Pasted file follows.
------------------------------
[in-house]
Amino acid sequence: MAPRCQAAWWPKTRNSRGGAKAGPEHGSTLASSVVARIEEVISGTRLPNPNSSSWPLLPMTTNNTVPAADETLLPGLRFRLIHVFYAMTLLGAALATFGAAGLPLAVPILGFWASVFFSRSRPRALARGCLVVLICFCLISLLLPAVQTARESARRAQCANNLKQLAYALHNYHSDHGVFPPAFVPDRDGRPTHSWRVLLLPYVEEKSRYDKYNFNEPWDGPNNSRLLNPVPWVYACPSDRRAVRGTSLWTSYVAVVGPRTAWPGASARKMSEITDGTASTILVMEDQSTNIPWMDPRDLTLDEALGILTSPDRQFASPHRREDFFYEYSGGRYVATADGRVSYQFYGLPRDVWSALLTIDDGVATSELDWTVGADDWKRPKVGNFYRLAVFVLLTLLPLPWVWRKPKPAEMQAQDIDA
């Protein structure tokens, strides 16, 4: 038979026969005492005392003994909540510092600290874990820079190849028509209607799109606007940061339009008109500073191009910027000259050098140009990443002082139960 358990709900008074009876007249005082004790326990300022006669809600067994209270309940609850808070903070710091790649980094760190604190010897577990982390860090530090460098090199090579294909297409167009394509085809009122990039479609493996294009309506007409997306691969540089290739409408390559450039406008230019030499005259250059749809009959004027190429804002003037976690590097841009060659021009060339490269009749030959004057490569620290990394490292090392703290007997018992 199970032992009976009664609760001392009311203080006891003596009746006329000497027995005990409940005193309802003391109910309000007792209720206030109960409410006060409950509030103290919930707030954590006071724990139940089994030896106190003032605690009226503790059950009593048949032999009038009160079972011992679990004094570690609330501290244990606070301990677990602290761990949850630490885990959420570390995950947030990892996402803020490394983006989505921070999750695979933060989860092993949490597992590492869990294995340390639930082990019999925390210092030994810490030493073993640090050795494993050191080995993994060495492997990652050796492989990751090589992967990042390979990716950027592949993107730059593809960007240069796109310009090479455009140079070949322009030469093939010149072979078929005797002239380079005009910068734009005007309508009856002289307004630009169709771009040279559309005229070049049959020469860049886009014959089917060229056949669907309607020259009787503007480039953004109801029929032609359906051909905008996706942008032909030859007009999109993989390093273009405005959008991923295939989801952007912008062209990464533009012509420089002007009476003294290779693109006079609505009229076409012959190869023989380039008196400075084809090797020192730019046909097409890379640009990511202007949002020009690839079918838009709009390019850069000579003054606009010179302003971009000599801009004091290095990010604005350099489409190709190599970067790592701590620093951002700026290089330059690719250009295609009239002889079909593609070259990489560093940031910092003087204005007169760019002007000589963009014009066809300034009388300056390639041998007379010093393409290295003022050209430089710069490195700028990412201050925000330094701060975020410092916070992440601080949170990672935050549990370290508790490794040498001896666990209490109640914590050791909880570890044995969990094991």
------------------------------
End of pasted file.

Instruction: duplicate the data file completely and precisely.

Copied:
[in-house]
Amino acid sequence: MAPRCQAAWWPKTRNSRGGAKAGPEHGSTLASSVVARIEEVISGTRLPNPNSSSWPLLPMTTNNTVPAADETLLPGLRFRLIHVFYAMTLLGAALATFGAAGLPLAVPILGFWASVFFSRSRPRALARGCLVVLICFCLISLLLPAVQTARESARRAQCANNLKQLAYALHNYHSDHGVFPPAFVPDRDGRPTHSWRVLLLPYVEEKSRYDKYNFNEPWDGPNNSRLLNPVPWVYACPSDRRAVRGTSLWTSYVAVVGPRTAWPGASARKMSEITDGTASTILVMEDQSTNIPWMDPRDLTLDEALGILTSPDRQFASPHRREDFFYEYSGGRYVATADGRVSYQFYGLPRDVWSALLTIDDGVATSELDWTVGADDWKRPKVGNFYRLAVFVLLTLLPLPWVWRKPKPAEMQAQDIDA
């Protein structure tokens, strides 16, 4: 038979026969005492005392003994909540510092600290874990820079190849028509209607799109606007940061339009008109500073191009910027000259050098140009990443002082139960 358990709900008074009876007249005082004790326990300022006669809600067994209270309940609850808070903070710091790649980094760190604190010897577990982390860090530090460098090199090579294909297409167009394509085809009122990039479609493996294009309506007409997306691969540089290739409408390559450039406008230019030499005259250059749809009959004027190429804002003037976690590097841009060659021009060339490269009749030959004057490569620290990394490292090392703290007997018992 199970032992009976009664609760001392009311203080006891003596009746006329000497027995005990409940005193309802003391109910309000007792209720206030109960409410006060409950509030103290919930707030954590006071724990139940089994030896106190003032605690009226503790059950009593048949032999009038009160079972011992679990004094570690609330501290244990606070301990677990602290761990949850630490885990959420570390995950947030990892996402803020490394983006989505921070999750695979933060989860092993949490597992590492869990294995340390639930082990019999925390210092030994810490030493073993640090050795494993050191080995993994060495492997990652050796492989990751090589992967990042390979990716950027592949993107730059593809960007240069796109310009090479455009140079070949322009030469093939010149072979078929005797002239380079005009910068734009005007309508009856002289307004630009169709771009040279559309005229070049049959020469860049886009014959089917060229056949669907309607020259009787503007480039953004109801029929032609359906051909905008996706942008032909030859007009999109993989390093273009405005959008991923295939989801952007912008062209990464533009012509420089002007009476003294290779693109006079609505009229076409012959190869023989380039008196400075084809090797020192730019046909097409890379640009990511202007949002020009690839079918838009709009390019850069000579003054606009010179302003971009000599801009004091290095990010604005350099489409190709190599970067790592701590620093951002700026290089330059690719250009295609009239002889079909593609070259990489560093940031910092003087204005007169760019002007000589963009014009066809300034009388300056390639041998007379010093393409290295003022050209430089710069490195700028990412201050925000330094701060975020410092916070992440601080949170990672935050549990370290508790490794040498001896666990209490109640914590050791909880570890044995969990094991």